Some older people with type 1 diabetes will recall how they were prevented from playing sports when they were growing up. We’ve obviously come a long way: patients are not only encouraged to play sports but some excel at the most rigorous ones imaginable. Nevertheless, it’s always good to take note when a patient achieves something that requires unusual physical strength and stamina.
Though in this case, it’s not a single diabetic person. It’s an entire team of patients. Their sport is long-distance bicycling – and we underline, long.
TeamType1 is a group of eight exceptional type 1 diabetics who last year won the Race Across America; and yes, it really was across America: 3,052 miles. They completed the journey, from California to New Jersey, in 5 days, 16 hours, and 4 minutes, beating the second place team by nearly an entire day. We wondered if the second squad stopped somewhere in, say, Durango, Colorado, or Alton, Illinois, for a bit of sightseeing; but no – TeamType1 was just that much faster.
This year’s Race Across America began this week. It includes both single and team competitors, and TeamType1 has entered again, fully intent on defending its championship. The team competition began today (Tuesday), and you can follow their progress on their blog at www.teamtype1.org.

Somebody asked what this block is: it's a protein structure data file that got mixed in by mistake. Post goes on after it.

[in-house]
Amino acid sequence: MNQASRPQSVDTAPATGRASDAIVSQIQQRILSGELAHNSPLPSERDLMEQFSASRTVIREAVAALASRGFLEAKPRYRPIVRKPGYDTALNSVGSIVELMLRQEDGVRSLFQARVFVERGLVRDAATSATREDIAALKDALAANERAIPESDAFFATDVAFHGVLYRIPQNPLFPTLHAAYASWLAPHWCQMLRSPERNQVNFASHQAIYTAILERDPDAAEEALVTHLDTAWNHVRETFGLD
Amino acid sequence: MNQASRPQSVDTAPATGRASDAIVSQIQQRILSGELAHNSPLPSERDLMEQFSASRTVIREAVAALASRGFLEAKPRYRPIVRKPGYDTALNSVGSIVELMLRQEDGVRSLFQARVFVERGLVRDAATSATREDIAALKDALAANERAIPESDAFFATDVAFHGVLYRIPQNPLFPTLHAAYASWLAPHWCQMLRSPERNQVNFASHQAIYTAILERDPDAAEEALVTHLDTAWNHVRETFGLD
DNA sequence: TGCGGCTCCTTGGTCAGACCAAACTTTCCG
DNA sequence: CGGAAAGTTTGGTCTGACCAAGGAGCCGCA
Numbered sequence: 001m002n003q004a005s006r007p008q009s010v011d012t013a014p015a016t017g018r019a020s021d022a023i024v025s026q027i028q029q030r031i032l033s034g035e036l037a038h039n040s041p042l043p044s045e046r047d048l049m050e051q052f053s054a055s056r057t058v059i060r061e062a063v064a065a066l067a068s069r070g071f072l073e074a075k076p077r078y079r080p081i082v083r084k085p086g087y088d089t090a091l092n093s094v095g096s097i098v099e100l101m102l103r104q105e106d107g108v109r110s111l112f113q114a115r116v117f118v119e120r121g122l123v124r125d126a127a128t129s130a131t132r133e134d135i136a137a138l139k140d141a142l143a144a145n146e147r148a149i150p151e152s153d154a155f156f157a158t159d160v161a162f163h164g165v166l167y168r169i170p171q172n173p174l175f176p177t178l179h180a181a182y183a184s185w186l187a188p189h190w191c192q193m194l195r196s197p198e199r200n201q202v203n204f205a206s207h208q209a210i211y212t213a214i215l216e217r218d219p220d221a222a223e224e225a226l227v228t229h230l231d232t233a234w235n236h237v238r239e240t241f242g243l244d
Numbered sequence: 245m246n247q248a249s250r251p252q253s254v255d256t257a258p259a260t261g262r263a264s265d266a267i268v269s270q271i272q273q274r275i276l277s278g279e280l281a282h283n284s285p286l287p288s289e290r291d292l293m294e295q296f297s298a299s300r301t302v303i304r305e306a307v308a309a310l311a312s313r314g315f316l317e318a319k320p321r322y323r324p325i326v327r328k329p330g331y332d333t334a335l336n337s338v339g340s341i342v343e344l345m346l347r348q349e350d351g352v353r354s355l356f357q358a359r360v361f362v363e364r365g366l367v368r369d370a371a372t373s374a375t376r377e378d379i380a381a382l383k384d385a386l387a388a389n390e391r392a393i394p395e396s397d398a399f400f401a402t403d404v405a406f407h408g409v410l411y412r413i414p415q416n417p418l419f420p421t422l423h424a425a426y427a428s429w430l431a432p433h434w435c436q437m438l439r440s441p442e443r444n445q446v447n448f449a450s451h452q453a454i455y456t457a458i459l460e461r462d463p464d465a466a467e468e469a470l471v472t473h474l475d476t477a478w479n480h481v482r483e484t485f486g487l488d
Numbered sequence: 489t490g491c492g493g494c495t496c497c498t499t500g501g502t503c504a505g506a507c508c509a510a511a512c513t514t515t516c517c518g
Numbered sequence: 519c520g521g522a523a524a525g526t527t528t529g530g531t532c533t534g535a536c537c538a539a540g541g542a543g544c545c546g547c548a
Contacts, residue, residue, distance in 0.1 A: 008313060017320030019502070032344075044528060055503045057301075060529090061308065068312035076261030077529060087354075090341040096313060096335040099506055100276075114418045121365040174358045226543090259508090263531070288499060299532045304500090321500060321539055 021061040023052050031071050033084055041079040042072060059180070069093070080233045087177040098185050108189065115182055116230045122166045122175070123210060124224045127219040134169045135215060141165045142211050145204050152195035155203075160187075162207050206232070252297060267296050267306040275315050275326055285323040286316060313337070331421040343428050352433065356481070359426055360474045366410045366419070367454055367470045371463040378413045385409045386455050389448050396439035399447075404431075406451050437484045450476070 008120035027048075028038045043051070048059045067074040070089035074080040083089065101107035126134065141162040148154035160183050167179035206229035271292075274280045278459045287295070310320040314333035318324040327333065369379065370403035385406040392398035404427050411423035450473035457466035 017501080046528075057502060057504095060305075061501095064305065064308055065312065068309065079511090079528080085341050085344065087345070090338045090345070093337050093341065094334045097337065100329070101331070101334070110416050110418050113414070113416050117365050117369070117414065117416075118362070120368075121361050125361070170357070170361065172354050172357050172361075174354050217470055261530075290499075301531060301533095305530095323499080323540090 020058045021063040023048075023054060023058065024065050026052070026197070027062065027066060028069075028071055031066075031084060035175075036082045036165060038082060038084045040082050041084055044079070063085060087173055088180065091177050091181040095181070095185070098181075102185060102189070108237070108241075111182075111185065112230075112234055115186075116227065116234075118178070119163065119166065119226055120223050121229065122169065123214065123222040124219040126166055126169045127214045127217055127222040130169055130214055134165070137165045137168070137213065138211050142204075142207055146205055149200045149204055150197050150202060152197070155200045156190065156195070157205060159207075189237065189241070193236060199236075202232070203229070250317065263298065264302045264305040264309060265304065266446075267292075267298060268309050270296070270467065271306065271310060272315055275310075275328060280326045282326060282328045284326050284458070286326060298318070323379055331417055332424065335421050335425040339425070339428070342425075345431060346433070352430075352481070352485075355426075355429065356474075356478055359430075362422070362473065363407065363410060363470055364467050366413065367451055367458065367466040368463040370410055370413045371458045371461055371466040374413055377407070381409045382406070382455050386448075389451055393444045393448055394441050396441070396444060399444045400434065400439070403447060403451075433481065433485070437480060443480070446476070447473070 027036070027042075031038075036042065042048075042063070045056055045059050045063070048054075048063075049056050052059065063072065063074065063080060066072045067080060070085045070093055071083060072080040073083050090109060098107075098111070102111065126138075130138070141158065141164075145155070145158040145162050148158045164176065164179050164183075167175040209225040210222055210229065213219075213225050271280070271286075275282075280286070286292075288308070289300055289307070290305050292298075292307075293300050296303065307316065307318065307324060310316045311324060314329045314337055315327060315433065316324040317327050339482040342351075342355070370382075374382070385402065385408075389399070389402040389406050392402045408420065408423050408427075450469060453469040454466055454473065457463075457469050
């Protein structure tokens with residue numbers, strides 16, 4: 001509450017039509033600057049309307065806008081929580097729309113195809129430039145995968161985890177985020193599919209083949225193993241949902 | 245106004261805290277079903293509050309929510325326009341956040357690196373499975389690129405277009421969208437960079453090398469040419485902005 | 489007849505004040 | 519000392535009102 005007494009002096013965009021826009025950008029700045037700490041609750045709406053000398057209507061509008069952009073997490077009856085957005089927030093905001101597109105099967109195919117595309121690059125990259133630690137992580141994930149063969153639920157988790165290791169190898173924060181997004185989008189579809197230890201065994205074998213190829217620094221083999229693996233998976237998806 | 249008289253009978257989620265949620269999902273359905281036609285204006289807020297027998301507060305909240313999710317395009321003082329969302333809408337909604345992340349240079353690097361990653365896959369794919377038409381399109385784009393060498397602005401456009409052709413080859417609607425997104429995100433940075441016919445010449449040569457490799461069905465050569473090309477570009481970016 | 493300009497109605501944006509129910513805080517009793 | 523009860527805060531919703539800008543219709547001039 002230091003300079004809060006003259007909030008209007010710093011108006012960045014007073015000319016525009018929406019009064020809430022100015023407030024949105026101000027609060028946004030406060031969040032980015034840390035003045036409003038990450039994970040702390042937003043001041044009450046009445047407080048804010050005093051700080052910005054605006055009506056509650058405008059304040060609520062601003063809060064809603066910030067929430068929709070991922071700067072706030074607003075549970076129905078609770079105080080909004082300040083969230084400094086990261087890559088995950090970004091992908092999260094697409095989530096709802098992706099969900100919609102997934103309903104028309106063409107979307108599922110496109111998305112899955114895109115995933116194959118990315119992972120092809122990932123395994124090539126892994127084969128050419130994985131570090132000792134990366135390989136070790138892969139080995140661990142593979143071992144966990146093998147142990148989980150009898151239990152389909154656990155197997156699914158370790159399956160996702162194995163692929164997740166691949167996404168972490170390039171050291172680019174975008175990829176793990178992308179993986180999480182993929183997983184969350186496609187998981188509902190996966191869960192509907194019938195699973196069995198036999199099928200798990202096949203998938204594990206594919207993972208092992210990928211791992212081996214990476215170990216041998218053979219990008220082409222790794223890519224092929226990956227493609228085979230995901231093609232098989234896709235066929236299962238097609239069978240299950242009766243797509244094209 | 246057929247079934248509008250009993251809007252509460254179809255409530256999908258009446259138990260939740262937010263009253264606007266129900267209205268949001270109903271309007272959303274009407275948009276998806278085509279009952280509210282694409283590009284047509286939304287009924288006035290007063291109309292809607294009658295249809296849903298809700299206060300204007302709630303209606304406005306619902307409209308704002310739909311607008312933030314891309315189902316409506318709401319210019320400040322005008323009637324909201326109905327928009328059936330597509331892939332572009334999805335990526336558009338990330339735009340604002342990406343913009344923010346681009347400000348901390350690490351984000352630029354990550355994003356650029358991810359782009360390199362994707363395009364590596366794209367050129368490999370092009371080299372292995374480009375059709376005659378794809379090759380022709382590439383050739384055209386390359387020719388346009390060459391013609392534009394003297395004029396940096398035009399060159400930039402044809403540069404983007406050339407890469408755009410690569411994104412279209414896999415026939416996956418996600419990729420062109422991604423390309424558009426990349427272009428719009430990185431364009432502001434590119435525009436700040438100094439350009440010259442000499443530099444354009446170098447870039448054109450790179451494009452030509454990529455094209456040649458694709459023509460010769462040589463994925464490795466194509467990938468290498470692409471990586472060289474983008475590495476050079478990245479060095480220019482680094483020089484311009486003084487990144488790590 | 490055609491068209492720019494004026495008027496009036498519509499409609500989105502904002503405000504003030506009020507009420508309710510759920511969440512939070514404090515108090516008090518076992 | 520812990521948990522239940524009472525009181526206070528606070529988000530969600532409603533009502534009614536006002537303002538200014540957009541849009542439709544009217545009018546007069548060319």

The team was the brainchild of two college friends, Phil Southerland and Joe Eldridge, who passed their free time in school by making blood sugar bets: the loser had to buy dinner. They created the team in 2004, adopted the motto “strive for 6.5” (referring to their A1c goals), and began recruiting fellow type 1 bikers. The eight regular riders, which include one woman, collectively compete in 400 to 500 events a year.
Beyond winning competitions and increasing awareness about diabetes, their goal is to raise money for research. They call it: “3,052 Miles to Cure Diabetes.” Their goal this year is $210,000 for the Juvenile Diabetes Research Foundation, which would be 10 times last year’s contribution. You can donate online.
They have corporate sponsors – which include Abbott’s Freestyle Flash, Amylin Pharmaceuticals, and Insulet’s OmniPod – and these companies deserve credit for underwriting such positive role models. And frankly, their accomplishment in the Ride Across America is extraordinary. Only one team member has to ride at any one time, but each still logs a lot of miles; and doing so – while maintaining good blood sugar control and avoiding hypoglycemia – is a tribute to their knowledge of the disease, to their personal sacrifices, and to their commitment to the cause.
We don’t know if they’ll ride enough miles to cure diabetes, but they’ve already ridden enough to win our admiration and our support.
Kelly L. Close